After 130 or so careers as diverse as rock star to astronaut and aerobics instructor to veterinarian, Barbie is going into business for herself.
At the American International Toy Fair held last week in New York, Mattel announced the new entrepreneur version of its iconic fashion doll. It’s unclear just what Barbie’s start-up business is, but clad in a bright pink shift dress and black heels and armed with a tablet and a smartphone, she looks ready for anything.
Although the new Barbie drew ire from some corners – she still has that ridiculously unattainable shape, after all – she is representative of a new trend in American business. According to the National Federation of Independent Business (NFIB), women will create over half of the approximate 10 million new small business jobs expected by 2018, and most of them will be starting from home-based offices.
According to the Guardian Life Index, a small business research organization, the reasons women are looking to small businesses are low-start-up costs, flexible schedules and a general frustration with corporate politics. Another over-riding reason is the independence entrepreneurship provides.
Many of those start-ups aren’t staying small. A January study called “Growing Under the Radar: An Exploration of the Achievements of Million-Dollar Women-Owned Firms” written by Womenable, a women’s entrepreneurial organization, reports that the number of women-owned firms with revenue of $10 million or more has increased by about 57% over the last 10 years. The Gender-Global Entrepreneurship Development Index (GEDI) ranks the United States first in the world for having supportive conditions for female entrepreneurs.
Women may be uniquely suited as entrepreneurs, according to Larry Keeley, author of the book Ten Types of Innovation: The Discipline of Building Breakthroughs. After analyzing 30 years of business data, he asserts that women approach problem-solving differently than men by not looking for simple answers and creating comprehensive solutions.
Last year for the first time two American-born women, who are not celebrities, made the Forbes World’s Most Powerful Women list. Nearly 60 percent of the nation’s wealthy women have earned their fortunes themselves. Some experts predict that by 2030, women could control two-thirds of the nation’s wealth.
Here is our list of five of our nation’s top female entrepreneurs. You’ll notice they are non-celebrities and that they represent a variety of industries:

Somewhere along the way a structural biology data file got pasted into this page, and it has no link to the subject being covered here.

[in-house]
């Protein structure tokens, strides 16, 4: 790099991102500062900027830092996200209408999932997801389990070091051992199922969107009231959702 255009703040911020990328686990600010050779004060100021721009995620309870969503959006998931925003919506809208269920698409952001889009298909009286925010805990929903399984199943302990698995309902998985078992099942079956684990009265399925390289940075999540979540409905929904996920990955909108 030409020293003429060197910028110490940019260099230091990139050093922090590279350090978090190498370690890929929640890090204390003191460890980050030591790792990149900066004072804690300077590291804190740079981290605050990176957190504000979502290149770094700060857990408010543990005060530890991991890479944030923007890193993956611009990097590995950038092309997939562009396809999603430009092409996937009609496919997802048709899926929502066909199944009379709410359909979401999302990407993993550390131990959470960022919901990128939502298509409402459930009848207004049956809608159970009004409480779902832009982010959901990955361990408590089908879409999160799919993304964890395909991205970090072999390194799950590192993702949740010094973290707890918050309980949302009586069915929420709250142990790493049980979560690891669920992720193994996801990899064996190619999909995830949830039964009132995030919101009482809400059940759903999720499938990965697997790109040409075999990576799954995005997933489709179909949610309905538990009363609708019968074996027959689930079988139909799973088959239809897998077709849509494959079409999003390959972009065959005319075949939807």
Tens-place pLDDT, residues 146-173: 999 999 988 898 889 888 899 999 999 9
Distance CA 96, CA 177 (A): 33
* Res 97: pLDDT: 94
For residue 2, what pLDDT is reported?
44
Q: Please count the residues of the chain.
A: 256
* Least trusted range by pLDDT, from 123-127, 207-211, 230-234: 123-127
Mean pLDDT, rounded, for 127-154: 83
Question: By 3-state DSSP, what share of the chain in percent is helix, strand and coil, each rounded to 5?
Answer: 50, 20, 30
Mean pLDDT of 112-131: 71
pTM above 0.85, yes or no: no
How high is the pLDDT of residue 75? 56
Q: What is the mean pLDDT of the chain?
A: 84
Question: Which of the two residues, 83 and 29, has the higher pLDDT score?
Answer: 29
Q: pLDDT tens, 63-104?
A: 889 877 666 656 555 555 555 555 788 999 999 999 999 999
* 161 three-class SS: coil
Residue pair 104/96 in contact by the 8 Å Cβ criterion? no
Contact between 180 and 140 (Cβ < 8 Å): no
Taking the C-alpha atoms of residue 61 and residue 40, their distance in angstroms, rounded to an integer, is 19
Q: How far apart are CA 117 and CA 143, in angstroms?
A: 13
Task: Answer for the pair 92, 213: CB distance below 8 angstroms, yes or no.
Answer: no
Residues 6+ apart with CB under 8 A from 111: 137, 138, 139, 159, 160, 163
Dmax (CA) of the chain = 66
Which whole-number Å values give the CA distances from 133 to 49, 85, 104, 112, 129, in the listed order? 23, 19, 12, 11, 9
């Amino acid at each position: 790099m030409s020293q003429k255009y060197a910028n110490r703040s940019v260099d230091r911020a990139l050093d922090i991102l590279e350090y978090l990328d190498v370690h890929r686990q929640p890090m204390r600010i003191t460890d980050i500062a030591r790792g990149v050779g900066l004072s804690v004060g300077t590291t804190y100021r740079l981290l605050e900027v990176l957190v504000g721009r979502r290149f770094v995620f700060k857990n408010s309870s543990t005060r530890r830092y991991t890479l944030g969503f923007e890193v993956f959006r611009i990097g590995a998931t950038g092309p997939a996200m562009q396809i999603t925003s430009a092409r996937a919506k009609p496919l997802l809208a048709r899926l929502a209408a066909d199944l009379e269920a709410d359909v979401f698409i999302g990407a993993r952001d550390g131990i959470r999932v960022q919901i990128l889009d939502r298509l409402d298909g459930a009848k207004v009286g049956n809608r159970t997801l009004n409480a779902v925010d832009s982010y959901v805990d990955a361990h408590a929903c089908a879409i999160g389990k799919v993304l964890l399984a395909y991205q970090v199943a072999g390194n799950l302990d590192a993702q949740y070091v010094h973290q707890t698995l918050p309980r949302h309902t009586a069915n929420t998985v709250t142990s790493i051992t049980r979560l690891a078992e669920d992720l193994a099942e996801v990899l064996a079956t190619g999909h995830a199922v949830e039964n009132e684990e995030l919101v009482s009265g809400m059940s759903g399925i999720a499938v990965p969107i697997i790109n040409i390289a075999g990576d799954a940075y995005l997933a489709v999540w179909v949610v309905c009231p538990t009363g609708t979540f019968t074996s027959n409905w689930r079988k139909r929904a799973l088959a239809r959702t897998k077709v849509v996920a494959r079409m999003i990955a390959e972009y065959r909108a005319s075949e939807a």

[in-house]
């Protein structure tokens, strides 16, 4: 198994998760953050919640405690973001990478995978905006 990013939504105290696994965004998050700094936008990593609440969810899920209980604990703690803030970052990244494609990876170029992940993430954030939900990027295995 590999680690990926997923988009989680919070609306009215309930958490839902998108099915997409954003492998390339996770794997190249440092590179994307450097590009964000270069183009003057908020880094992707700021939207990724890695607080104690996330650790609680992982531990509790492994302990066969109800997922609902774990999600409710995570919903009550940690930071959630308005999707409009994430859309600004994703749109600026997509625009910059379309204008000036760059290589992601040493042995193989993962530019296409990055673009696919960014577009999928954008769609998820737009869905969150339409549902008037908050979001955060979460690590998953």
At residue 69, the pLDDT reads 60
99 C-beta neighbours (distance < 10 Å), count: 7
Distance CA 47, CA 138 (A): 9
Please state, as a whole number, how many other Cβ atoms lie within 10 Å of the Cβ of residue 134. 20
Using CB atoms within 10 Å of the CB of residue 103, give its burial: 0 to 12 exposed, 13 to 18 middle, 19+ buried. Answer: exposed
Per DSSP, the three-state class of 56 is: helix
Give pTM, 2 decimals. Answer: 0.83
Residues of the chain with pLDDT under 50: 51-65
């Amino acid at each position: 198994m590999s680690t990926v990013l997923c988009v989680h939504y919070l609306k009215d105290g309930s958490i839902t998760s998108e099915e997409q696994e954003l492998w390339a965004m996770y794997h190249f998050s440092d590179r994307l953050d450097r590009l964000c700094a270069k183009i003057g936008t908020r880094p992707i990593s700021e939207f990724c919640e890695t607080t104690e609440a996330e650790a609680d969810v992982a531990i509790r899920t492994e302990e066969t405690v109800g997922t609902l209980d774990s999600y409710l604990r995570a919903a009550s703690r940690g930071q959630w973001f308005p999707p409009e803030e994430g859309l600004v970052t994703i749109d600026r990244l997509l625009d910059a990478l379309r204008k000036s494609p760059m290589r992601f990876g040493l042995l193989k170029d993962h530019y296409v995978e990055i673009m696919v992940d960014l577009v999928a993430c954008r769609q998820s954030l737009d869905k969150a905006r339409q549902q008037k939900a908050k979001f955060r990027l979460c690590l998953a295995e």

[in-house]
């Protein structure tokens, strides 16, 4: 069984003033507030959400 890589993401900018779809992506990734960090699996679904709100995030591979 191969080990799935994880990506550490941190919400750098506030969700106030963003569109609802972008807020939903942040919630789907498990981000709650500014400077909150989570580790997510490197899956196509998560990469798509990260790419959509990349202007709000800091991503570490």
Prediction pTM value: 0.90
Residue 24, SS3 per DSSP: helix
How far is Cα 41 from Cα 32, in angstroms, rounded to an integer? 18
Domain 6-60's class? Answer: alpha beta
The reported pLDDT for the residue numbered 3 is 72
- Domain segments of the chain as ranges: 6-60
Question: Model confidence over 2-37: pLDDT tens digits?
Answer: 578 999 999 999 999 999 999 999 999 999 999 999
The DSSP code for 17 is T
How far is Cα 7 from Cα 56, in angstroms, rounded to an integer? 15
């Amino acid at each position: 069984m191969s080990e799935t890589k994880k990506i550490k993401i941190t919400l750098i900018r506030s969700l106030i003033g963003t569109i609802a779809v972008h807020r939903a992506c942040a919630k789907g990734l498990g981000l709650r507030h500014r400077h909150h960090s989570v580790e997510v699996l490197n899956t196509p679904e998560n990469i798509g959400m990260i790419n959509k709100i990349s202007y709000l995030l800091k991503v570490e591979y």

Top five female entrepreneurs
Sara Blakely – This former Disney World ride hostess has a success story that would make Walt Disney himself proud. When she was 29, Blakely invested $5,000 in her new line of shaping undergarments.
Since then, Spanx has skyrocketed from Blakely’s Atlanta apartment to more than $250 million in annual revenues and net profit margins estimated at 20 percent. In 2012, Blakely, who is now 43, became the youngest self-made woman on Forbes’ Billionaires list. Her Sara Blakely Foundation helps women through education and entrepreneurial training. She is the first female billionaire to join the Giving Pledge, Bill Gates and Warren Buffett’s pledge for the world’s wealthiest people to donate at least half their fortune to charitable organizations.
Alexa von Tobel – While a senior at Harvard College in 2006, von Tobel came up with the idea for LearnVest, the financial planning company she founded three years later. LearnVest Planning provides personal finance training and tools and is a registered investment advisor. The financial planner who assists you on your way is the equivalent of a personal trainer in the financial fitness center, often providing detailed advice tailored to the specific needs of the client.
Tory Burch — Born and raised in Philadelphia, Burch, 47, worked with Ralph Lauren and Vera Wang before beginning her own fashion brand out of her New York apartment in 2004. Her versatile ready-to-wear clothes, shoes and accessories have been called preppy-bohemian.
Arianna Huffington – A syndicated columnist, author and radio host, Huffington created her namesake website in 2005. The 63-year-old Greek American was a conservative radio commentator before switching to liberal politics and starting The Huffington Post, which has become a Pulitzer prize-winning international online news platform.
Crystal Culbertson—After working for two and a half years as a logistics specialist for the Air Force, Crystal Culbertson started her own company in 2002 to help the U.S. Armed Forces streamline procurement processes. Today Crystal Clear Technologies specializes in information technology and data communications issues involving the federal government. The company’s motto is “Serving Those Who Serve,” and Culbertson said in an interview with Inc.com, “as cheesy as it may sound that’s the best part of the job.”
According to the National Association of Women Business Owners (NAWBO) 2013 State of Women-Owned Businesses Survey, there are more than 10 million women-owned American businesses. They employ more than 13 million people and generate nearly $1.9 trillion in sales. Since 2008, the only businesses that have shown a net increase in employment are large, publicly-traded corporations and privately-held majority women-owned firms.
That’s the good news. The bad news is that according to the same NAWBO survey, almost 25 percent of female business owners reported that they did not seek a new loan or line of credit because they did not believe they would get it. There is reason for their reluctance. Industry experts estimate that loan approval rates for business start-ups for women are 15 to 20 percent lower than they are for men.
I wonder how Barbie got her funding?